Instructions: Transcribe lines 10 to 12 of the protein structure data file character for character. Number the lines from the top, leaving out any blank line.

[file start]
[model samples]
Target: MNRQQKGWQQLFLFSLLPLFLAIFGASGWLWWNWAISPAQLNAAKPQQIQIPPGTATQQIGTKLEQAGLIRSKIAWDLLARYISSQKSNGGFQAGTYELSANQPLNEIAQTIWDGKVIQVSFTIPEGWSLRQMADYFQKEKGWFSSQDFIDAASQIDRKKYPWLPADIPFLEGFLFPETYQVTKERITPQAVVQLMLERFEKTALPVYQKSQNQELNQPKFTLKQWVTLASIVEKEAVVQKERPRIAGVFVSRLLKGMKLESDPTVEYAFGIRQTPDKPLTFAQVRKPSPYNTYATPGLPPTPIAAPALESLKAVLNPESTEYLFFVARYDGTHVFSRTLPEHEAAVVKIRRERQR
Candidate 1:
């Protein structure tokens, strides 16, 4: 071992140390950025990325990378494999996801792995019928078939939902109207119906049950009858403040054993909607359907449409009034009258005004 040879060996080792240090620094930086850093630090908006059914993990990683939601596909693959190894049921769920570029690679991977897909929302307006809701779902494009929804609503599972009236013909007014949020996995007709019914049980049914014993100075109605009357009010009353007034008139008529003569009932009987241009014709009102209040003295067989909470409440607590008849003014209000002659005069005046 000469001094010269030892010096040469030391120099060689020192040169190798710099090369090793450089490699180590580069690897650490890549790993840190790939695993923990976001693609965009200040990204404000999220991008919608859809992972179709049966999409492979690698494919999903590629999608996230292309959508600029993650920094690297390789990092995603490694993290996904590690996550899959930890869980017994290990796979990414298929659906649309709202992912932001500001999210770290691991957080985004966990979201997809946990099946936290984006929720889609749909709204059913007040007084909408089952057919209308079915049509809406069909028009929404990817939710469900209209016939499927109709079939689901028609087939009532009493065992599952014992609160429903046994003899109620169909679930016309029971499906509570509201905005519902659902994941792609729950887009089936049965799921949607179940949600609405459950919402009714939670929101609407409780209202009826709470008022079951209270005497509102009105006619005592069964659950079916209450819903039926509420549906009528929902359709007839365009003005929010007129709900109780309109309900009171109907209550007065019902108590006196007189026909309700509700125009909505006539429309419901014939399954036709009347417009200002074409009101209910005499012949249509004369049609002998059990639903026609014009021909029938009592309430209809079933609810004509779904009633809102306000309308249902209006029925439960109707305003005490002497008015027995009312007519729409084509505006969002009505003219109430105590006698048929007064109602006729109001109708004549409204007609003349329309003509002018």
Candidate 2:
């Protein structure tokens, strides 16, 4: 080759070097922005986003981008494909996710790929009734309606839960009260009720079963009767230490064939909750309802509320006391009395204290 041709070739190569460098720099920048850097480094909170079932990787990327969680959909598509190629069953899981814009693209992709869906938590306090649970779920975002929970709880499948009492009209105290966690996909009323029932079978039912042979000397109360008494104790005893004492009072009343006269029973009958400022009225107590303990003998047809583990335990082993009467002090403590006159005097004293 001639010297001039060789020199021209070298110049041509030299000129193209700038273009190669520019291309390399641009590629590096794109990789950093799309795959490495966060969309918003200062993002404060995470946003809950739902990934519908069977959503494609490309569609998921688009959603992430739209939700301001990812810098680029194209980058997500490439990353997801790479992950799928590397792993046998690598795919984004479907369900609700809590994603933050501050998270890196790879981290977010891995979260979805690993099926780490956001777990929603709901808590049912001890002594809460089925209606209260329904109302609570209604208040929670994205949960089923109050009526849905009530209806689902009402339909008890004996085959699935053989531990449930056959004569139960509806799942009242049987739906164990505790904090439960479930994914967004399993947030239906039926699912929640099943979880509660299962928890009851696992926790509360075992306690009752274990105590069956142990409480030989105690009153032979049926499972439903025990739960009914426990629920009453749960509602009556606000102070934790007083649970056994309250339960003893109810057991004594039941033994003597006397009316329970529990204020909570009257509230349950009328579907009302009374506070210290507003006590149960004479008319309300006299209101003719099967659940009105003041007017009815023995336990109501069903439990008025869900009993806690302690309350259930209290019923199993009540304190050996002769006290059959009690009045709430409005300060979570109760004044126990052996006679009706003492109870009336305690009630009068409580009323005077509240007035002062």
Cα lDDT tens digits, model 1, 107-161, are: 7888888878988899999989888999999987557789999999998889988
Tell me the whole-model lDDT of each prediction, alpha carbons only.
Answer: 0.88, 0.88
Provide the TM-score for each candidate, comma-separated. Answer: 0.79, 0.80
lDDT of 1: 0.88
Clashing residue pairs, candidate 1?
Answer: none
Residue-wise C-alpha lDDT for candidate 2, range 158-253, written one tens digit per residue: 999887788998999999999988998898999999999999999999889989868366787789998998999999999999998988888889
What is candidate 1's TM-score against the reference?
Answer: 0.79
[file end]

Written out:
Provide the TM-score for each candidate, comma-separated. Answer: 0.79, 0.80
lDDT of 1: 0.88
Clashing residue pairs, candidate 1?